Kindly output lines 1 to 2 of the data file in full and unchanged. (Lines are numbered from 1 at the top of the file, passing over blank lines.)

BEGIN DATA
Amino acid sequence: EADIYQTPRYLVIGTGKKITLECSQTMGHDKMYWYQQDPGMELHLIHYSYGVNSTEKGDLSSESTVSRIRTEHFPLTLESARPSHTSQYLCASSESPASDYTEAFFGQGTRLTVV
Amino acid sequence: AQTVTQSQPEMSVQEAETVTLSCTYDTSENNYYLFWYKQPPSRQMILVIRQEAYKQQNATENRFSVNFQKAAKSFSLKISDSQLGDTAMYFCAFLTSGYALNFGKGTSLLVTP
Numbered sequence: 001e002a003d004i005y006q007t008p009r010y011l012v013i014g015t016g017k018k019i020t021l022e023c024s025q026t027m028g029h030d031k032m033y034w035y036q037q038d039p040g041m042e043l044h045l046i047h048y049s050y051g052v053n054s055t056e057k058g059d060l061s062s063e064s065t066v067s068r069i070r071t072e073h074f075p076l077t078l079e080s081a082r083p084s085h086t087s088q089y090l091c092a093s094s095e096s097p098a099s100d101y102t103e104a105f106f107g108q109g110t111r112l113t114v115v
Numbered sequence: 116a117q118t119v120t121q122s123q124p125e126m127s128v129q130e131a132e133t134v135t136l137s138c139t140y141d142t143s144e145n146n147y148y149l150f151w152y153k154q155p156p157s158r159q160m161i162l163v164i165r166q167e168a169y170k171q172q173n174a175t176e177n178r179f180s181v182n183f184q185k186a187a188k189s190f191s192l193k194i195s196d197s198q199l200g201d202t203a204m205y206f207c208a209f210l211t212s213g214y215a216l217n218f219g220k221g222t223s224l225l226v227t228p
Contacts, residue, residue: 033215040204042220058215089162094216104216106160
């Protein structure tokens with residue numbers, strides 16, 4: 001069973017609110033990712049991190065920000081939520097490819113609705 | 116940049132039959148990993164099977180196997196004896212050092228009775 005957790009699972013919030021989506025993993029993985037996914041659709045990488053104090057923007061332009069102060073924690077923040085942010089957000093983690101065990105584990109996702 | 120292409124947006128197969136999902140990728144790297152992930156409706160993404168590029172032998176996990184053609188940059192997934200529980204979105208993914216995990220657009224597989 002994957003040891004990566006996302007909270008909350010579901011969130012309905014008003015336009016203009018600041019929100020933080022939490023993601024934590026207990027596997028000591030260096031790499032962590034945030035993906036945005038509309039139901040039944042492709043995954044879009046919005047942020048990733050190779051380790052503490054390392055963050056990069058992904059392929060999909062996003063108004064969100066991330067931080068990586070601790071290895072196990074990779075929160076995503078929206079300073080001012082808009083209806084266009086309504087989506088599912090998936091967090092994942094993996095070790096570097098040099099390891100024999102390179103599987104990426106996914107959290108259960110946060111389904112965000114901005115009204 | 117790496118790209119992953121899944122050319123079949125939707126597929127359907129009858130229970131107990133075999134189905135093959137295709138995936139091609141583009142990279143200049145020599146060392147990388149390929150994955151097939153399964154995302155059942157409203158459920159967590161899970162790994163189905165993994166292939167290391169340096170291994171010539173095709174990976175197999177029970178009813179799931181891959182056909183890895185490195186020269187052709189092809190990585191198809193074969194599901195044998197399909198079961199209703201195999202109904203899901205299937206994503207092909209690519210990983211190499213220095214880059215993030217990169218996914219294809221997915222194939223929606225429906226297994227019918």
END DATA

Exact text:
Amino acid sequence: EADIYQTPRYLVIGTGKKITLECSQTMGHDKMYWYQQDPGMELHLIHYSYGVNSTEKGDLSSESTVSRIRTEHFPLTLESARPSHTSQYLCASSESPASDYTEAFFGQGTRLTVV
Amino acid sequence: AQTVTQSQPEMSVQEAETVTLSCTYDTSENNYYLFWYKQPPSRQMILVIRQEAYKQQNATENRFSVNFQKAAKSFSLKISDSQLGDTAMYFCAFLTSGYALNFGKGTSLLVTP